“A rare but very noticeable condition of abnormal hemoglobin affects the “blue people of Troublesome Creek”. Seven generations ago, in 1820, a French orphan named Martin Fugate who settled in this area of Kentucky brought in an autosomal recessive gene that causes methemoglobinemia. Martin’s mutation was in the CYP5R3 gene, which encodes an enzyme (cytochrome b5 methemoglobin reductase) that normally catalyzes a reaction that converts a type of hemoglobin with poor oxygen affinity, methemoglobin, back into normal hemoglobin by adding an electron. Martin was a heterozygote but still slightly bluish. His wife, Elizabeth Smith, was also a carrier for this very rare disease, and four of their seven children were blue. After extensive inbreeding in the isolated community—their son married his aunt, for example—a large pedigree of “blue people” of both sexes arose. https://blogs.plos.org/dnascience/2016/09/22/finding-the-famous-painting-of-the-blue-people-of-kentucky/
So Cussy Mary is also blue. Alas, poor girl. She draws the attention, naturally, of the local doctor who wants to take her to Lexington to study and she agrees based on his promise of food. The doctor believes he has discovered the problem as well as the solution to the color and Cussy Mary sees hope for herself at last. She envisions a life where she can be accepted, maybe even married. With her newly-pale skin, Cussy Mary decides to attend the community’s Independence Day celebrations but finds that her father’s prediction is true: “Those that can’t see past a folk’s skin color have a hard difference in them. There’s a fire in that difference. And when they see you, they’ll still see a Blue.”
The Book Woman of Troublesome Creek is an outstanding work of historical fiction rooted in the reality of living in the hollers of Appalachia during the deepest days of the Depression. It’s also a meditation on the discrimination that unfortunately runs as rampant in our time as it did in the 1930s: discrimination on the basis of skin color and social class, lack of educational resources, and the scarcity of wholesome food.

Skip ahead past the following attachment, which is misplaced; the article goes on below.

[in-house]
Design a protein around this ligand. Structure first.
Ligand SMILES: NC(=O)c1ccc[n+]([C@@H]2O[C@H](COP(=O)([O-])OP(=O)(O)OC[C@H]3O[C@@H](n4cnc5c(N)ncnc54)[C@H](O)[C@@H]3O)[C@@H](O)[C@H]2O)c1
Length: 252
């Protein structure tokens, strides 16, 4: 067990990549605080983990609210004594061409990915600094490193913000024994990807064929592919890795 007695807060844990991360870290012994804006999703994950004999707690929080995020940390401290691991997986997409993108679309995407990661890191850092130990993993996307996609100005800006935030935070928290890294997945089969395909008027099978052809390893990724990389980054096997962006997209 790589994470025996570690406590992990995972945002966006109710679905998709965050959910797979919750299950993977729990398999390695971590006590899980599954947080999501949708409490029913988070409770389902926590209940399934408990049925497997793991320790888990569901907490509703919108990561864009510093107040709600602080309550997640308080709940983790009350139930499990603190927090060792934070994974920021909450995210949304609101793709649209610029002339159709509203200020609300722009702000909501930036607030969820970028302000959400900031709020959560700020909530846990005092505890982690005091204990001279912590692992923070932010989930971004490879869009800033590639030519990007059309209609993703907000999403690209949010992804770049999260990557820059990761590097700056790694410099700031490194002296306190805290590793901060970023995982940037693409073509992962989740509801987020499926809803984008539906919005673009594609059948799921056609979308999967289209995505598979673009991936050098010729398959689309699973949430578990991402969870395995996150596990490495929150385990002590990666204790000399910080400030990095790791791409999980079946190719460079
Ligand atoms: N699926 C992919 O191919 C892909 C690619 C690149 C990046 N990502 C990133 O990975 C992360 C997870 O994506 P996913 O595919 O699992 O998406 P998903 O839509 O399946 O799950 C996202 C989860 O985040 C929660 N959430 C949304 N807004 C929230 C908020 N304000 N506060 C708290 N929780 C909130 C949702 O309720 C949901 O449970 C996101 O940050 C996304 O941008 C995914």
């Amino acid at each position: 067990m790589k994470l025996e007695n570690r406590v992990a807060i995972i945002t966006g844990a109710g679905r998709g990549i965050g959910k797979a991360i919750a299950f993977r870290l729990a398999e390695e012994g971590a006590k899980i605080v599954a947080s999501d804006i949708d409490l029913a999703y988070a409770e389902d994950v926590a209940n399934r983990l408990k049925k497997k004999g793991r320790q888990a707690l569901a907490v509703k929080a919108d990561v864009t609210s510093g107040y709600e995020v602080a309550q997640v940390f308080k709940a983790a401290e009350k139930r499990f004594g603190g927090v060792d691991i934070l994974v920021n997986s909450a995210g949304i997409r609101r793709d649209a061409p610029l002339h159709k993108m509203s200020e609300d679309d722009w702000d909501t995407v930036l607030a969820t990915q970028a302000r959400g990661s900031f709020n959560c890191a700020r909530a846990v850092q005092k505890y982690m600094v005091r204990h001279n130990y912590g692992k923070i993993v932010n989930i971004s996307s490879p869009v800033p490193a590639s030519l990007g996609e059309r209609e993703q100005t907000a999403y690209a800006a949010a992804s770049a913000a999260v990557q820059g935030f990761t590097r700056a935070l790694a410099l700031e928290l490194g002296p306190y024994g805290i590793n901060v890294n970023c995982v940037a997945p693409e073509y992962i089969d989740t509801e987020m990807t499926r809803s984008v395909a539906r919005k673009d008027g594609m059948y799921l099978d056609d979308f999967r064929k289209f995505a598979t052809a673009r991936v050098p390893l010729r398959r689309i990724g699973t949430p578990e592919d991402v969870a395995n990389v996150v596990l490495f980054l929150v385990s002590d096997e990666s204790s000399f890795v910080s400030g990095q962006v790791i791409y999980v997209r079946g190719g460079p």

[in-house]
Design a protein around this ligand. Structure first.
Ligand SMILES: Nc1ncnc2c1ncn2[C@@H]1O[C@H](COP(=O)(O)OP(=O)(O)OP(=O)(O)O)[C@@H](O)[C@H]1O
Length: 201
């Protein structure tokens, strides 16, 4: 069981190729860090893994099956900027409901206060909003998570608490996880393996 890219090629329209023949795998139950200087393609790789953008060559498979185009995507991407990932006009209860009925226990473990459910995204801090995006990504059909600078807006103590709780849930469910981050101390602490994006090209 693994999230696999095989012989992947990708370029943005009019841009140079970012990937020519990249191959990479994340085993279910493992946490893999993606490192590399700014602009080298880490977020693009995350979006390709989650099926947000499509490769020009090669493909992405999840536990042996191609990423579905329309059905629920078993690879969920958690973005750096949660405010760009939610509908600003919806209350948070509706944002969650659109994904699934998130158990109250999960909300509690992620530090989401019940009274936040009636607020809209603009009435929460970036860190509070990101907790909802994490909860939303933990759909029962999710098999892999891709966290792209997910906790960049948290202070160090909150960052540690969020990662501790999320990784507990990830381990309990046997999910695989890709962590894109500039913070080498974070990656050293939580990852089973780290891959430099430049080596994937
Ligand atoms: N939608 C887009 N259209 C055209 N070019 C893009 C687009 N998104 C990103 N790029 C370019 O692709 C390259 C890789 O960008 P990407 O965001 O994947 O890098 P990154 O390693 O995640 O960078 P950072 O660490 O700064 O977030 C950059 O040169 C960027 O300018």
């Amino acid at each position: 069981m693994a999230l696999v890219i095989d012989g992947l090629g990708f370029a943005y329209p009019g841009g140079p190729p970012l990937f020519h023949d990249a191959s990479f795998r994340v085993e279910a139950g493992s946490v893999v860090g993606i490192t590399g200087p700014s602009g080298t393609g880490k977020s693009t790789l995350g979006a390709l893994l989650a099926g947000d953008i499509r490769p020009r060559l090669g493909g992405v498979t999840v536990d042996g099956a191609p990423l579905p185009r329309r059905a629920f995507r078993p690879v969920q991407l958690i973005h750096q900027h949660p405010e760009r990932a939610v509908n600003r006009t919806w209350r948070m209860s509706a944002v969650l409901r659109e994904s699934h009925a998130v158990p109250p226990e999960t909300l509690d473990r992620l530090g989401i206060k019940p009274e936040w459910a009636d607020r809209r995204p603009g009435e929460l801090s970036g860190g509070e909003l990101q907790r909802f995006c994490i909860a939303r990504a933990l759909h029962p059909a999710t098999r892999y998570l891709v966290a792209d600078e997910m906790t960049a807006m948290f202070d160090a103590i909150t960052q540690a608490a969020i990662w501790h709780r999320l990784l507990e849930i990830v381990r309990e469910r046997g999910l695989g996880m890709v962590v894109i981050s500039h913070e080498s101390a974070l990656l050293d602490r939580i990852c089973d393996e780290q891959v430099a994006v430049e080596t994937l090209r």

Kim Michele Richardson’s website has it’s own “scrapbook” which includes a reading group guide, recipes from the novel, recipes from actual book women, and household tips. One of the recipes is for the Scripture Cake that Cussy Mary takes to the Fourth of July celebration.
There’s also a book trailer and interview with Ms. Richardson.
From some research, I’ve learned that “old-time music,” is the term for the Appalachian music of the 1920s and 1930s. It’s primarily the type of music performed by a string band and is Scotch-Irish influenced. Here’s a couple of videos of some performances: https://youtu.be/cVMi3MH0uRU, https://youtu.be/STzoTmbemvA.
I follow Ms. Richardson on twitter and noticed that she reported a conversation with a “big producer” in Hollywood. She told him she had to have Kaitlyn Dever for Cussy Mary. I don’t know whether the rights have been sold or not. I can see Kaitlyn Dever, but I can also see Julia Garner from Ozark. For fun, I’m going to populate this with only Kentucky-born actors.
Pa Michael Shannon
Jackson Lovett Josh Hutcherson
Mr. Frazier Johnny Depp — he’d have fun with this role
So enjoy reading The Book Woman of Troublesome Creek either with your book club or on your own!
And don’t forget that my debut novel, After the Race, is available now! You can order from rabbithousepress.com or Amazon, or buy it from Joseph-Beth booksellers. If your local book store doesn’t have it in stock, ask them to carry After the Race!